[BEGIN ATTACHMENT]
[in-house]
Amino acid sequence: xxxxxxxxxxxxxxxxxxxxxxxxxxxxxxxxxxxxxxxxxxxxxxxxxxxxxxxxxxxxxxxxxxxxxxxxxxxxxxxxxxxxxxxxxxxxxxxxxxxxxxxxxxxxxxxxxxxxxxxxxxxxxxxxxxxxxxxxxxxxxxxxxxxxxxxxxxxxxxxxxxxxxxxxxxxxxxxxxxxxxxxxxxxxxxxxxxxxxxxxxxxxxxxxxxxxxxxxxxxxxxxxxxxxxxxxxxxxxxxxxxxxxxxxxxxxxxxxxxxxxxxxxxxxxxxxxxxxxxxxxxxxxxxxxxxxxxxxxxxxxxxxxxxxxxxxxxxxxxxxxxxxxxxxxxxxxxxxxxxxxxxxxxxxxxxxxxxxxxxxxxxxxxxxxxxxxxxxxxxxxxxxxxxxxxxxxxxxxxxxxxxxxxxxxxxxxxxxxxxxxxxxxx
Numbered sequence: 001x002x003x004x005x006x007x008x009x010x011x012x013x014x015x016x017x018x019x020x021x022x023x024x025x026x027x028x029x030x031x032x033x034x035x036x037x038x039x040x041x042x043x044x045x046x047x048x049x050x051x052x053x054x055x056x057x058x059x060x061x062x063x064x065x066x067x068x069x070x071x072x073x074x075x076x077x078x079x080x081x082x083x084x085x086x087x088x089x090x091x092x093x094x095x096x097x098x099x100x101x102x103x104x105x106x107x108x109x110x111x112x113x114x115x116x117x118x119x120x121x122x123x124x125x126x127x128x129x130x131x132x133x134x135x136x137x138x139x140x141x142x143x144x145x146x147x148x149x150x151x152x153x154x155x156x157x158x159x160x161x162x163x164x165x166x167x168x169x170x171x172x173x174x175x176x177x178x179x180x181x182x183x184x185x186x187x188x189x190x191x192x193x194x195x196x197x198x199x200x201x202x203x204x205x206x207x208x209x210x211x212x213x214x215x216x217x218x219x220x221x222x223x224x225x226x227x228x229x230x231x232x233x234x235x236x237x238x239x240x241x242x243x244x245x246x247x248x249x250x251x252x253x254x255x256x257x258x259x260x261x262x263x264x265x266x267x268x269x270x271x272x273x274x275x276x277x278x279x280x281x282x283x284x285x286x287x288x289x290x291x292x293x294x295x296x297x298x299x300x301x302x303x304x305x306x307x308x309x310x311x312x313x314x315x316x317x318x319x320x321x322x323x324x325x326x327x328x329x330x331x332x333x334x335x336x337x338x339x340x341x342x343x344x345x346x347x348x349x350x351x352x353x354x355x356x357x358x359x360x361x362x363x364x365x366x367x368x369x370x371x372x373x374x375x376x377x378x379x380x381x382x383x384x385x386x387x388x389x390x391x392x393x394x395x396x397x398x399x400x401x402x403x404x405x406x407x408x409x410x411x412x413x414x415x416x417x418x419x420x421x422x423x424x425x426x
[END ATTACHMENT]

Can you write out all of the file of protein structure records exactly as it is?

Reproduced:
[in-house]
Amino acid sequence: xxxxxxxxxxxxxxxxxxxxxxxxxxxxxxxxxxxxxxxxxxxxxxxxxxxxxxxxxxxxxxxxxxxxxxxxxxxxxxxxxxxxxxxxxxxxxxxxxxxxxxxxxxxxxxxxxxxxxxxxxxxxxxxxxxxxxxxxxxxxxxxxxxxxxxxxxxxxxxxxxxxxxxxxxxxxxxxxxxxxxxxxxxxxxxxxxxxxxxxxxxxxxxxxxxxxxxxxxxxxxxxxxxxxxxxxxxxxxxxxxxxxxxxxxxxxxxxxxxxxxxxxxxxxxxxxxxxxxxxxxxxxxxxxxxxxxxxxxxxxxxxxxxxxxxxxxxxxxxxxxxxxxxxxxxxxxxxxxxxxxxxxxxxxxxxxxxxxxxxxxxxxxxxxxxxxxxxxxxxxxxxxxxxxxxxxxxxxxxxxxxxxxxxxxxxxxxxxxxxxxxxxxx
Numbered sequence: 001x002x003x004x005x006x007x008x009x010x011x012x013x014x015x016x017x018x019x020x021x022x023x024x025x026x027x028x029x030x031x032x033x034x035x036x037x038x039x040x041x042x043x044x045x046x047x048x049x050x051x052x053x054x055x056x057x058x059x060x061x062x063x064x065x066x067x068x069x070x071x072x073x074x075x076x077x078x079x080x081x082x083x084x085x086x087x088x089x090x091x092x093x094x095x096x097x098x099x100x101x102x103x104x105x106x107x108x109x110x111x112x113x114x115x116x117x118x119x120x121x122x123x124x125x126x127x128x129x130x131x132x133x134x135x136x137x138x139x140x141x142x143x144x145x146x147x148x149x150x151x152x153x154x155x156x157x158x159x160x161x162x163x164x165x166x167x168x169x170x171x172x173x174x175x176x177x178x179x180x181x182x183x184x185x186x187x188x189x190x191x192x193x194x195x196x197x198x199x200x201x202x203x204x205x206x207x208x209x210x211x212x213x214x215x216x217x218x219x220x221x222x223x224x225x226x227x228x229x230x231x232x233x234x235x236x237x238x239x240x241x242x243x244x245x246x247x248x249x250x251x252x253x254x255x256x257x258x259x260x261x262x263x264x265x266x267x268x269x270x271x272x273x274x275x276x277x278x279x280x281x282x283x284x285x286x287x288x289x290x291x292x293x294x295x296x297x298x299x300x301x302x303x304x305x306x307x308x309x310x311x312x313x314x315x316x317x318x319x320x321x322x323x324x325x326x327x328x329x330x331x332x333x334x335x336x337x338x339x340x341x342x343x344x345x346x347x348x349x350x351x352x353x354x355x356x357x358x359x360x361x362x363x364x365x366x367x368x369x370x371x372x373x374x375x376x377x378x379x380x381x382x383x384x385x386x387x388x389x390x391x392x393x394x395x396x397x398x399x400x401x402x403x404x405x406x407x408x409x410x411x412x413x414x415x416x417x418x419x420x421x422x423x424x425x426x